Why so serious?
I still can’t believe that the original Serious Sam came out nearly 20 years ago.
Since then Croteam has broken away from their reputation as “the Serious Sam studio” a bit, having given us the universally acclaimed Talos Principle. They aren’t ready to let go of Sam just yet, though.
Serious Sam 4 (PC [reviewed], PS4, Stadia Xbox One)
Publisher: Devolver Digital
Released: September 24, 2020
Serious Sam 4 does what the series has always done: it goes big and casts a wide net.
The titular Sam is leading the charge against a massive collective of intergalactic Mental forces in the swift intro mission, literally fighting an army of troops: a franchise staple. And the fourth iteration kind of keeps rolling with that gimmick, pitting you against screens of enemies at once, with a ridiculous Euro-trip story to boot.
The tone of Serious Sam is somewhere between the Earth Defense Force series and an American action romp like Independence Day. It doesn’t take itself too seriously (ha), but there are elements of grit and plenty of cheese involved. If you’re invested in this series, just know that Serious 4, like Serious 3, is also a prequel — so you aren’t getting too many juicy details you didn’t already know.
In fact, the scale is a tad smaller than I expected. Not every level follows the “hundreds of enemies on-screen” shtick. Most don’t, actually. Some are more focused arena fights. Others are labyrinthine tours. As a whole, it feels like a reasonable mix of openness and guidance. All of this madness happens across a 16-mission campaign, with concessions for co-op play. There’s also a Serious Editor tool coming “within a month or two” as well as “additional multiplayer modes.” Simple enough.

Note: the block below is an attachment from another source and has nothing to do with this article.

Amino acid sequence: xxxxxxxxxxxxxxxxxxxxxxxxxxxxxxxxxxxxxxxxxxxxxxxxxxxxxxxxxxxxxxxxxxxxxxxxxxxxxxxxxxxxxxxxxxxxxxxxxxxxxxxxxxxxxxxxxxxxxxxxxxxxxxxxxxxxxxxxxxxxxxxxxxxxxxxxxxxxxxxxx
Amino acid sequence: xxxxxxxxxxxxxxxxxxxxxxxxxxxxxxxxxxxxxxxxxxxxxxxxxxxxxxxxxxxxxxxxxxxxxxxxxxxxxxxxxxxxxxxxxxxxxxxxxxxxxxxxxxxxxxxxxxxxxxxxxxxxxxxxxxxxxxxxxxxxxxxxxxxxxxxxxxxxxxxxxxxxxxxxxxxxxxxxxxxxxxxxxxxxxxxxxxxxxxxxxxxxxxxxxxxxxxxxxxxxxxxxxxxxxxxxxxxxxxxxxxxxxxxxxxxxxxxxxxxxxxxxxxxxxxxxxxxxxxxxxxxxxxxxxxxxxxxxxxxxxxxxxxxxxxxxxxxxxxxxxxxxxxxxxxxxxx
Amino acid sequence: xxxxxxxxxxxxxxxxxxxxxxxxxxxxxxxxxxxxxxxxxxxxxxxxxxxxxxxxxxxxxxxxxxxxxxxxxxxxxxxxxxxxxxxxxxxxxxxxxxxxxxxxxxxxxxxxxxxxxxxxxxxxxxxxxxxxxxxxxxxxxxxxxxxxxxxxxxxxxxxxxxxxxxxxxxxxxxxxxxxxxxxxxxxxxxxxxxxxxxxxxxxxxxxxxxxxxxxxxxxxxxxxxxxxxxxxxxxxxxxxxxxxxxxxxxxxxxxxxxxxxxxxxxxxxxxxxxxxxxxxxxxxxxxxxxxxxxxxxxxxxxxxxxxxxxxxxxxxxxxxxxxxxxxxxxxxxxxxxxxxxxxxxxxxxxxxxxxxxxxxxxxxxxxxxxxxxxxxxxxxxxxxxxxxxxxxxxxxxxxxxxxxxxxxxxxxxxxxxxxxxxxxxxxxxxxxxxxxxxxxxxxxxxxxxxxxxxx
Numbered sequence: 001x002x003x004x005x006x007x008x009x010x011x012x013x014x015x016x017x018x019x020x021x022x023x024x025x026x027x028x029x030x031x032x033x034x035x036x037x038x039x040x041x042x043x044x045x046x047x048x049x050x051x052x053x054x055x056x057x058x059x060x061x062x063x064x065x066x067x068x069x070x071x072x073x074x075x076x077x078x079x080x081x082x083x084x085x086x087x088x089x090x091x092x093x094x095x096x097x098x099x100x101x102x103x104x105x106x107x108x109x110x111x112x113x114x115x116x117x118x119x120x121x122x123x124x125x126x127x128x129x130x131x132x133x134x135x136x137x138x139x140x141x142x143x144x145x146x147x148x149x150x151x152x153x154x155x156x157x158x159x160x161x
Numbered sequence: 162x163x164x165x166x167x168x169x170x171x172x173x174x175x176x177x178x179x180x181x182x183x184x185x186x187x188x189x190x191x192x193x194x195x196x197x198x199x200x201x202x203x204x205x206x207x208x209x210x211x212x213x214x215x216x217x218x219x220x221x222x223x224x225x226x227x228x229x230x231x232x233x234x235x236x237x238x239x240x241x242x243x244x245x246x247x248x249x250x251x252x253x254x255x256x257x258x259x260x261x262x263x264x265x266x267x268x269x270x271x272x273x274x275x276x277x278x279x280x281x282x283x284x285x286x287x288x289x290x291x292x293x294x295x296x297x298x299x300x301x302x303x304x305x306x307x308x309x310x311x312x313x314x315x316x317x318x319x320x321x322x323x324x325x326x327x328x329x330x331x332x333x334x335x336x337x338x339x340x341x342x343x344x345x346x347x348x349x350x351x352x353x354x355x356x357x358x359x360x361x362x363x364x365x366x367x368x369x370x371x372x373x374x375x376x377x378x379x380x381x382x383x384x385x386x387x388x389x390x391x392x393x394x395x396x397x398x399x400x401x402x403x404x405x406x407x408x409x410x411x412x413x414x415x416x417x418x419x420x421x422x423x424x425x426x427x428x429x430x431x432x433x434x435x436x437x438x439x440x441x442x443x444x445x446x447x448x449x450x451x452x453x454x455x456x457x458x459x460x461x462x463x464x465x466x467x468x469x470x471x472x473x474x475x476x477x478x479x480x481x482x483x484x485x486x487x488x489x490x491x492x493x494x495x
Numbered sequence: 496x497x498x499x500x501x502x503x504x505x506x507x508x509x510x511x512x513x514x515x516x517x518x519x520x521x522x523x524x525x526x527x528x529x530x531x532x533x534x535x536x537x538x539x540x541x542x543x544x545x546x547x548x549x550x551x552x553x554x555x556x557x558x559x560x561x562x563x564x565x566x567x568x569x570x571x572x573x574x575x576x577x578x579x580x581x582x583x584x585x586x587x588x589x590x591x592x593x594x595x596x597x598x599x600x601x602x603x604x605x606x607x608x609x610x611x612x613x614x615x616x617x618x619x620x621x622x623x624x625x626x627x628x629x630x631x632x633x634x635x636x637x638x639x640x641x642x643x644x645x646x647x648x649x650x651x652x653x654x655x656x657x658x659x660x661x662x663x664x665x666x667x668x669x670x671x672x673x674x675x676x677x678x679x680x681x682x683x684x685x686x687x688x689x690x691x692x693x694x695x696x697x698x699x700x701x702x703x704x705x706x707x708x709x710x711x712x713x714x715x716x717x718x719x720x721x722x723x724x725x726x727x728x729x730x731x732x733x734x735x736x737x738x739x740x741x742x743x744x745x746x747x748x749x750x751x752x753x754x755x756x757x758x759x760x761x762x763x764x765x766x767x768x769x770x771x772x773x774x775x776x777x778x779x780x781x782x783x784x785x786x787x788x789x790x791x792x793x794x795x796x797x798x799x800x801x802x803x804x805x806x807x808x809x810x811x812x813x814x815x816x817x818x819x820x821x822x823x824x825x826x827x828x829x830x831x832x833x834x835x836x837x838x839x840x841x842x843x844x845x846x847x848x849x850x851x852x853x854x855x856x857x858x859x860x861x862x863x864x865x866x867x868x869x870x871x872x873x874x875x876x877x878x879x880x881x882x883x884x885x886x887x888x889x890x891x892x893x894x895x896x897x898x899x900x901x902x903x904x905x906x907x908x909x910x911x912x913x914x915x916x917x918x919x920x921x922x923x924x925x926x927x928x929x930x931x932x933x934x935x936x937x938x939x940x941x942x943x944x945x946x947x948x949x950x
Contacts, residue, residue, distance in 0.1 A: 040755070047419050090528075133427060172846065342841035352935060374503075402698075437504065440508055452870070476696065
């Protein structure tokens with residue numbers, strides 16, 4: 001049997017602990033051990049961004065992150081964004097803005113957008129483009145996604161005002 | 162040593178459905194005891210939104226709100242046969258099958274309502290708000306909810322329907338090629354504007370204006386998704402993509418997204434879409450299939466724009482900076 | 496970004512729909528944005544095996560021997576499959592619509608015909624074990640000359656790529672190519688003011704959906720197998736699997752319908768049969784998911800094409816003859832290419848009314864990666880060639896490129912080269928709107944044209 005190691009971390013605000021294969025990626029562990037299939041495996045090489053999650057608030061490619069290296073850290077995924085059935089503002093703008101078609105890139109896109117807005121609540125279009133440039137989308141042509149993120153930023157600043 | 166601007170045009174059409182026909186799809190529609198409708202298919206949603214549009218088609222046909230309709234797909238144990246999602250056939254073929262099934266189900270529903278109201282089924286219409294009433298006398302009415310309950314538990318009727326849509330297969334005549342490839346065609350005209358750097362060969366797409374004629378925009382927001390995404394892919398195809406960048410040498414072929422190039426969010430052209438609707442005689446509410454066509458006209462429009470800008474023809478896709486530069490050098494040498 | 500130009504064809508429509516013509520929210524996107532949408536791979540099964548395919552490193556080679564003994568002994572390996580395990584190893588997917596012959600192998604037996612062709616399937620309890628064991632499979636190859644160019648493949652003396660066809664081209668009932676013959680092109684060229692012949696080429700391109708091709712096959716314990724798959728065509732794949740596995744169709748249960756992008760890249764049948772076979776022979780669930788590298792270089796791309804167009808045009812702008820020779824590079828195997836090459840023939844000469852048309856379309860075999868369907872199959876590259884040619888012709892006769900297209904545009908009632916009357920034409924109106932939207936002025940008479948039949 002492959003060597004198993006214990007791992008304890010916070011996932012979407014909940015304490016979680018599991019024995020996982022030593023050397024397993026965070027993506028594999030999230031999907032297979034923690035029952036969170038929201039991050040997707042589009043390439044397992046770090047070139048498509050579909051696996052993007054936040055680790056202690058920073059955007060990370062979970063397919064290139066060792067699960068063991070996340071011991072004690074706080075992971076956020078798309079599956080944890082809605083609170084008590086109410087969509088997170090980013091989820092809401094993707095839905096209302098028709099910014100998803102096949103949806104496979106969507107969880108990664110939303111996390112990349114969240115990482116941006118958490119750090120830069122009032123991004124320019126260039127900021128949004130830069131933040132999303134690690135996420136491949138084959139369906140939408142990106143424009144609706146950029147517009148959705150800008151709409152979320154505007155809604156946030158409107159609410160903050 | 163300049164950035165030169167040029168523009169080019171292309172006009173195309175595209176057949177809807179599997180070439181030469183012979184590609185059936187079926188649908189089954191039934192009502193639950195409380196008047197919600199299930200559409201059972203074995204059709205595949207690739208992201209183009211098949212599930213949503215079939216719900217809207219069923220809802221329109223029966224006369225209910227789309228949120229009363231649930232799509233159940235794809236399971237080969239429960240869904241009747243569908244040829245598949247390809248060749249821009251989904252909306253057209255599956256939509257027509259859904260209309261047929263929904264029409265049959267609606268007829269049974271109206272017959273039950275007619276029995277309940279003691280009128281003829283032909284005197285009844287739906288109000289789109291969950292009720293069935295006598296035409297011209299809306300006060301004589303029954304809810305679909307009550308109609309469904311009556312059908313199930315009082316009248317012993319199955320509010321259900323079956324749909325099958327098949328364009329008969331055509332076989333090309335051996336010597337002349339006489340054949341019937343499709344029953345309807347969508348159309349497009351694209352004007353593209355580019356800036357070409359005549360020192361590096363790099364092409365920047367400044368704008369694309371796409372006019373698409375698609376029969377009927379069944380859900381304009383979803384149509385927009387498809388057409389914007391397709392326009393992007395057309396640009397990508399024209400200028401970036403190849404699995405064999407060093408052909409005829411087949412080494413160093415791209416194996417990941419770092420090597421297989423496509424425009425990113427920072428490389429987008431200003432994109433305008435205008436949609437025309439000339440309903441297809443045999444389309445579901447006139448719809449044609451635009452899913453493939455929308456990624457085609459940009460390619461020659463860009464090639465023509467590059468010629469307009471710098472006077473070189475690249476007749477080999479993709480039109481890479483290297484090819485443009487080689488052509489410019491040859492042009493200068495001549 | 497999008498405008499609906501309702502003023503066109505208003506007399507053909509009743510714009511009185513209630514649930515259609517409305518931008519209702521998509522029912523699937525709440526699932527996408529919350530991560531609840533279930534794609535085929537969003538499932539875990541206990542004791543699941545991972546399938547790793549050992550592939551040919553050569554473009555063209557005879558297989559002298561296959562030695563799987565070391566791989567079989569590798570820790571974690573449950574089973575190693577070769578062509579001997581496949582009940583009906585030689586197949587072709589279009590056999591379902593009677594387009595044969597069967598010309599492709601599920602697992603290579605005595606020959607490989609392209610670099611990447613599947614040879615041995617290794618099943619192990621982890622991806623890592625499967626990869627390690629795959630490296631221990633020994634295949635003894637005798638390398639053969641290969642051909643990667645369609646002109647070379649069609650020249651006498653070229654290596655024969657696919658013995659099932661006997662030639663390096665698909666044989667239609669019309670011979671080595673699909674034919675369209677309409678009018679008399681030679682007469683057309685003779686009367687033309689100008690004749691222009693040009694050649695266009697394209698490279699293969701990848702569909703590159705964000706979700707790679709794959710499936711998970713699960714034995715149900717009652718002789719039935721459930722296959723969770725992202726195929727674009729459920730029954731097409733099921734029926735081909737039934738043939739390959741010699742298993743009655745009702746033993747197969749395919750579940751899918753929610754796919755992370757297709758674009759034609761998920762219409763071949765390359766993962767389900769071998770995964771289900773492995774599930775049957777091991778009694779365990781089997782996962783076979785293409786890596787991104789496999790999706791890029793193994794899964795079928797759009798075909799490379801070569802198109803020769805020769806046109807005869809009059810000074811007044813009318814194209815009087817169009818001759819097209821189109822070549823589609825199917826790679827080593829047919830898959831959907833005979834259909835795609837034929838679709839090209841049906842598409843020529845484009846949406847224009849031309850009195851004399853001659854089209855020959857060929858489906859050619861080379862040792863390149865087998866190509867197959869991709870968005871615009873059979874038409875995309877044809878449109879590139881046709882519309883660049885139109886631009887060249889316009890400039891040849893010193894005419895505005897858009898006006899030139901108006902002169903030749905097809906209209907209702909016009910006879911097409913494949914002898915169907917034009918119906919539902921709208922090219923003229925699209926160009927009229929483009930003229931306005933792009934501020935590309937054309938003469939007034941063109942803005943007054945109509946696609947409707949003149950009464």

“Reasonable” is a pretty apt way to describe this game, actually, as Serious Sam 4 has little interest in breaking the mold. This is a tried and true FPS, as all you’ll need is a scant few buttons and your trigger finger. You can aim down your sights with the right mouse button (a returning mechanic from 2011’s Serious Sam 3), fire with your left, and bring up the gigantic weapon wheel with middle-click. You blow shit up, then do it again.
But blowing everything up does feel good. Weapons are very responsive, and Croteam does a decent job of allowing the friendly AI to participate so it feels like there’s actually a conflict. The RPG elements also don’t get in the way, as there’s a small skill tree with upgrades like “enemies drop items now,” “deal more damage at lower health” or “dual wield heavy weapons.” There’s some groundwork here for “builds” but for the most part, you just shoot stuff.
If you’re ever confused on where to go (which should be rare, given the linear nature of a lot of stages) you can trigger a small optional breadcrumb trail with a button press. It’s neat, as you can even outrun it: it’s that minimalistic. That minimalism sometimes comes at a cost though. At points, Serious Sam 4 can’t handle the overload of enemies, resulting in some braindead AI just sitting there while you blast them. On PC, I also had two crashes — though they were relatively painless since the game auto-saves often. It can be touch and go, but the engine holds up fairly well regardless of what’s happening.
It’s a simple review for a simple game, folks. Serious Sam 4 doesn’t wildly reinvent the formula; and really, it doesn’t need to. There’s plenty of room for old school style FPS games in an ocean of looter shooters and games-as-a-service titles.
[This review is based on a retail build of the game provided by the publisher.]